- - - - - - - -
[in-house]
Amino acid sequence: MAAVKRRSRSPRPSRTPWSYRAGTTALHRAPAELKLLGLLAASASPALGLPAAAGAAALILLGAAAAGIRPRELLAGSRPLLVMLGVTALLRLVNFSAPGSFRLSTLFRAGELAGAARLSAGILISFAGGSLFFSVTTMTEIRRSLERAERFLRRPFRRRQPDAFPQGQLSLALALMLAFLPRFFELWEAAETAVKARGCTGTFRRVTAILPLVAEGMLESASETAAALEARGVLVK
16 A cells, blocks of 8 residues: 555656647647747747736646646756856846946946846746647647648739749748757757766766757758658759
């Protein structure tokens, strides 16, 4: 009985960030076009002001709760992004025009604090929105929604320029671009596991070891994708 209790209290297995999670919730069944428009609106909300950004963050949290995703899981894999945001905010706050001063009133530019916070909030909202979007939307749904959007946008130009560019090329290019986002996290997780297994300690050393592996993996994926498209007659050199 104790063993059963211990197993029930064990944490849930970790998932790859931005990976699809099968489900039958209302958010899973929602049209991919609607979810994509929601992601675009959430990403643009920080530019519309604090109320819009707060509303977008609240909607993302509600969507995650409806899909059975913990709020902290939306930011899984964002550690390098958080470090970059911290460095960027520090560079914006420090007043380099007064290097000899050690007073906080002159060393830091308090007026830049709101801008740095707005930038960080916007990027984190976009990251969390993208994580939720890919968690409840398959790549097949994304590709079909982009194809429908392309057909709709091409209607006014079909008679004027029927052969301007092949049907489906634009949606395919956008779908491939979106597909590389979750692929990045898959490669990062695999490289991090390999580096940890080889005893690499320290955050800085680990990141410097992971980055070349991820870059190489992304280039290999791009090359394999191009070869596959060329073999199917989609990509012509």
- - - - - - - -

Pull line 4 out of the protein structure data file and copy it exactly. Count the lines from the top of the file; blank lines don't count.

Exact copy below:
């Protein structure tokens, strides 16, 4: 009985960030076009002001709760992004025009604090929105929604320029671009596991070891994708 209790209290297995999670919730069944428009609106909300950004963050949290995703899981894999945001905010706050001063009133530019916070909030909202979007939307749904959007946008130009560019090329290019986002996290997780297994300690050393592996993996994926498209007659050199 104790063993059963211990197993029930064990944490849930970790998932790859931005990976699809099968489900039958209302958010899973929602049209991919609607979810994509929601992601675009959430990403643009920080530019519309604090109320819009707060509303977008609240909607993302509600969507995650409806899909059975913990709020902290939306930011899984964002550690390098958080470090970059911290460095960027520090560079914006420090007043380099007064290097000899050690007073906080002159060393830091308090007026830049709101801008740095707005930038960080916007990027984190976009990251969390993208994580939720890919968690409840398959790549097949994304590709079909982009194809429908392309057909709709091409209607006014079909008679004027029927052969301007092949049907489906634009949606395919956008779908491939979106597909590389979750692929990045898959490669990062695999490289991090390999580096940890080889005893690499320290955050800085680990990141410097992971980055070349991820870059190489992304280039290999791009090359394999191009070869596959060329073999199917989609990509012509």